“Those not willing to risk going too far will never know how far they can go.” Those words from Bill Walton sum up his philosophy of life. At 6’ 11” in his Grateful Dead tie-dyed t-shirt, Bill Walton is one of the most recognizable and colorful sports legends ever. He also has one of the greatest can-do attitudes you’ll ever encounter. It’s a mindset he’s cultivated – and gives it credit for helping him adapt, persevere, and ultimately succeed in challenges on and off the court. Named one of “50 Greatest NBA Players of All Time,” Bill incredibly missed 9½ of his 14 NBA seasons due to injuries related to orthopedic problems. Despite that, his achievements on the court were enormous. When his storied career ended with his 30th surgery, Bill’s dream was to pursue sports broadcasting. One problem: a severe lifelong stutter that prevented him from even saying a simple “thank you.” Undeterred, Bill set about the task of learning to speak. He conquered stuttering and found a place behind the mic – earning numerous awards and honours since. Bill’s greatest test came in 2007 when severe back pain confined him to the floor of his home for 2½ years. Finally relenting to surgery in 2009, the grueling rehab and recovery from that 37th surgery could well be Bill’s biggest achievement. While Bill exclaims regularly, “I’m the luckiest guy on Earth,” it’s clear his outlook on life helped create that luck. Bill loves to inspire audiences to rise to the challenge of seeing just how far they can go.
What Great Coaches Taught Me about Leadership
Basketball icon Bill Walton was part of legendary college and NBA championship teams: UCLA, the Boston Celtics and Portland Trail Blazers. He was also part of the last place San Diego Clippers. According to Bill, the difference between winning and losing was leadership. The best coaches knew how to get the best out of their players. In Bill’s career no one was better than legendary UCLA coach John Wooden. An English teacher who coached on the side for extra money, Wooden focused on the fundamentals. He never talked about winning – and rarely even mentioned the opposing team. Wooden did insist that players work together, not be selfish, execute flawlessly, and be accountable for doing their best. Armed with that approach Wooden went on to win 88 consecutive games (a men’s collegiate record which still stands) and ten national championships. Bill, the consummate storyteller, shares tales that are as insightful as they are entertaining – about lessons of leadership he learned from John Wooden, Red Auerbach, Jack Ramsey, and others during his storied career. Bill provides an inside look at how world-class performance is really achieved on the basketball court – leadership and teamwork lessons based on principles that transfer off the court, too.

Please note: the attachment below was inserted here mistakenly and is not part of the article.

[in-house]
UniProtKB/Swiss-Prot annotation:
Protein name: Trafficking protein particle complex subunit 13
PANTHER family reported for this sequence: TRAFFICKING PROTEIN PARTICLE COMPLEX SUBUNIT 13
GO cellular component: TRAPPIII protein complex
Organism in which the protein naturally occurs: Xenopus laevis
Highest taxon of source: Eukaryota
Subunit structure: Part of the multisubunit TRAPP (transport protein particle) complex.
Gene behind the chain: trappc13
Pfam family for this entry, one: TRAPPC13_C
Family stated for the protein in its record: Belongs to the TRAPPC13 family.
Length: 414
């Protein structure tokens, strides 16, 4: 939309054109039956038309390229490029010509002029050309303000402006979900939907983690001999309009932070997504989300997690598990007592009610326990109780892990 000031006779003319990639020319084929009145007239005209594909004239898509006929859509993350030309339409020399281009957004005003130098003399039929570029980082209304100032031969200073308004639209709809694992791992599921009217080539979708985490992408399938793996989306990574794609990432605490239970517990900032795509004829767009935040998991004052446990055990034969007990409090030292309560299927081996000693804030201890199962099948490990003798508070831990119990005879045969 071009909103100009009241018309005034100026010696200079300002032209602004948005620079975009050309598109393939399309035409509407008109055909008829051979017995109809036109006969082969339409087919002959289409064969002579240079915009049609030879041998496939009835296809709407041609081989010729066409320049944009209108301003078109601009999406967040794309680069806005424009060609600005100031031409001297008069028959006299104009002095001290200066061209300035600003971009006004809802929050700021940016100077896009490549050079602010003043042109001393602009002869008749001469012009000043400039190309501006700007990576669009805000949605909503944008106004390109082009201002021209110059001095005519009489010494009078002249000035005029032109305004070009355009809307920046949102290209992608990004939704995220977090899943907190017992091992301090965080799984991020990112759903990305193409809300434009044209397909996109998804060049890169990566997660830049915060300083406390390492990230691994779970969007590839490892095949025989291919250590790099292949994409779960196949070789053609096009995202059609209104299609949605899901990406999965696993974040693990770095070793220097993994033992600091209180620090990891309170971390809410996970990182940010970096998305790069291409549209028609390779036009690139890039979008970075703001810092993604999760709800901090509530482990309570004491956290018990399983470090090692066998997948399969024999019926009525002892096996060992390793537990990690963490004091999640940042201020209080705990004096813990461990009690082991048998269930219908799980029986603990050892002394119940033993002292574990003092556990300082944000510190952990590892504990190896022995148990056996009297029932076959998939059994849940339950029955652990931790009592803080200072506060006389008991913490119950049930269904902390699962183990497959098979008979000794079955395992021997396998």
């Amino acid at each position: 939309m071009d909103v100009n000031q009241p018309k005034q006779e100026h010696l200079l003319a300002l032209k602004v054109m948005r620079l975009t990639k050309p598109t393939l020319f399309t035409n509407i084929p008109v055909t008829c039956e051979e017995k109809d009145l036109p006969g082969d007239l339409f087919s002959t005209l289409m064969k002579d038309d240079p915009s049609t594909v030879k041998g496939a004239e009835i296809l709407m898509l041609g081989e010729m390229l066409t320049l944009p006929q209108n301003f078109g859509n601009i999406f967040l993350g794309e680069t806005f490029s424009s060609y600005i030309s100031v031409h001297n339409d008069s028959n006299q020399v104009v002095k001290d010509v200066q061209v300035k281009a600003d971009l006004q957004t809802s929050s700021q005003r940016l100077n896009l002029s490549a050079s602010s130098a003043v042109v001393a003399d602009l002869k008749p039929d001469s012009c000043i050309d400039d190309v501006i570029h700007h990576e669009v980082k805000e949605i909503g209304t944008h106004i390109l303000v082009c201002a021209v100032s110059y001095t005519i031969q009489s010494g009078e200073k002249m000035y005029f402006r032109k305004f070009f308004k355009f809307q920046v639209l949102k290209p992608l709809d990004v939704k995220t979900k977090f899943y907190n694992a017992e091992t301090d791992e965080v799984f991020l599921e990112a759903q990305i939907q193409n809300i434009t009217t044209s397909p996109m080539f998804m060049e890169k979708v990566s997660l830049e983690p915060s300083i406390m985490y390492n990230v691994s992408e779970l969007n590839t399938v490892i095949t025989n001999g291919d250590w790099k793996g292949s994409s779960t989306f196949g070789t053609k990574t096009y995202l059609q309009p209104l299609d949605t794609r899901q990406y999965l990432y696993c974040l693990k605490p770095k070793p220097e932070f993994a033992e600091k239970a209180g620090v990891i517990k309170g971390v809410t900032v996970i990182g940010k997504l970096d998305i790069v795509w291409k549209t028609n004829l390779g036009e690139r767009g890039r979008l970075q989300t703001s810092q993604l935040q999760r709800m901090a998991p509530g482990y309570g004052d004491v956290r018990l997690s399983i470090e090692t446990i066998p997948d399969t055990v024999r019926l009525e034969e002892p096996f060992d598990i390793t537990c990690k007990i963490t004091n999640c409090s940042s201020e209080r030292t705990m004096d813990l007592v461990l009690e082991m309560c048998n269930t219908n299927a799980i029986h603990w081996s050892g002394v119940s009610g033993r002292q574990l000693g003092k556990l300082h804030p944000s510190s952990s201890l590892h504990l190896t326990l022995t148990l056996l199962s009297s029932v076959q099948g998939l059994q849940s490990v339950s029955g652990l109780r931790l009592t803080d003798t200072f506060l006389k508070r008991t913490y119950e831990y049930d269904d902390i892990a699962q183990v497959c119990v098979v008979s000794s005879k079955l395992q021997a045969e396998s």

Create a Team that Rocks
What separates great teams from everyone else? Basketball legend Bill Walton knows and speaks from experience. Bill played on two championship teams under revered UCLA coach John Wooden. Those teams contributed to the Bruins’ 88-game winning streak, still the record in men’s basketball more than 40 years later. Bill was also a two-time NBA champion; with the Portland Trail Blazers and Boston Celtics. Of course, it’s not possible to appreciate great teamwork unless you’ve seen the other side of that coin – and Bill experienced that as well during his time with the San Diego/Los Angeles Clippers. After Bill’s playing days ended, broadcasting offered him the perfect perch from which to watch extraordinary teams perform. Throughout his business endeavors, Bill applied the teamwork lessons he learned from sports with astonishing success. In this keynote speech, Bill talks about the essentials of teams that rock – cooperation, friendship, loyalty, sacrifice, discipline, execution, and leadership – with humorous and revealing anecdotes. As one of the most colorful characters from the sports world, Bill Walton delivers an inspiring message for teams looking to take their performance to the next level.
My 37 Surgeries – a Journey from Injury to Recovery
Bill Walton has the dubious distinction of being the most-injured player in NBA history. After 37 surgeries, the basketball superstar knows a thing or two about injuries, rehabilitation, and recovery. He knows what patients go through – and what caregivers and healthcare professionals go through. He can speak to both audiences authentically. In his 14-year pro career Bill missed a total of 9½ full seasons due to injury. Even so, he was inducted into the Basketball Hall of Fame and won numerous awards and honors for his brilliant play. Imagine his impact on the game had he stayed healthy! Bill’s feet, knees, and back – the foundation of his ability to perform as an athlete – let him down. His most serious surgery was to straighten his spine after spending 2½ years on the floor of his home in agonizing pain – literally unable to move and contemplating suicide. Now back in the game of life, Bill remains active on his bike – participating in several week-long charity biking events for groups like Challenged Athletes Foundation. He also speaks to audiences of patients, healthcare professionals, and those from allied fields – delivering an inspiring message about his own healing and recovery.
Bill is just wonderful! He is such a pleasure to work with. We loved him so much that we have booked him three years in a row!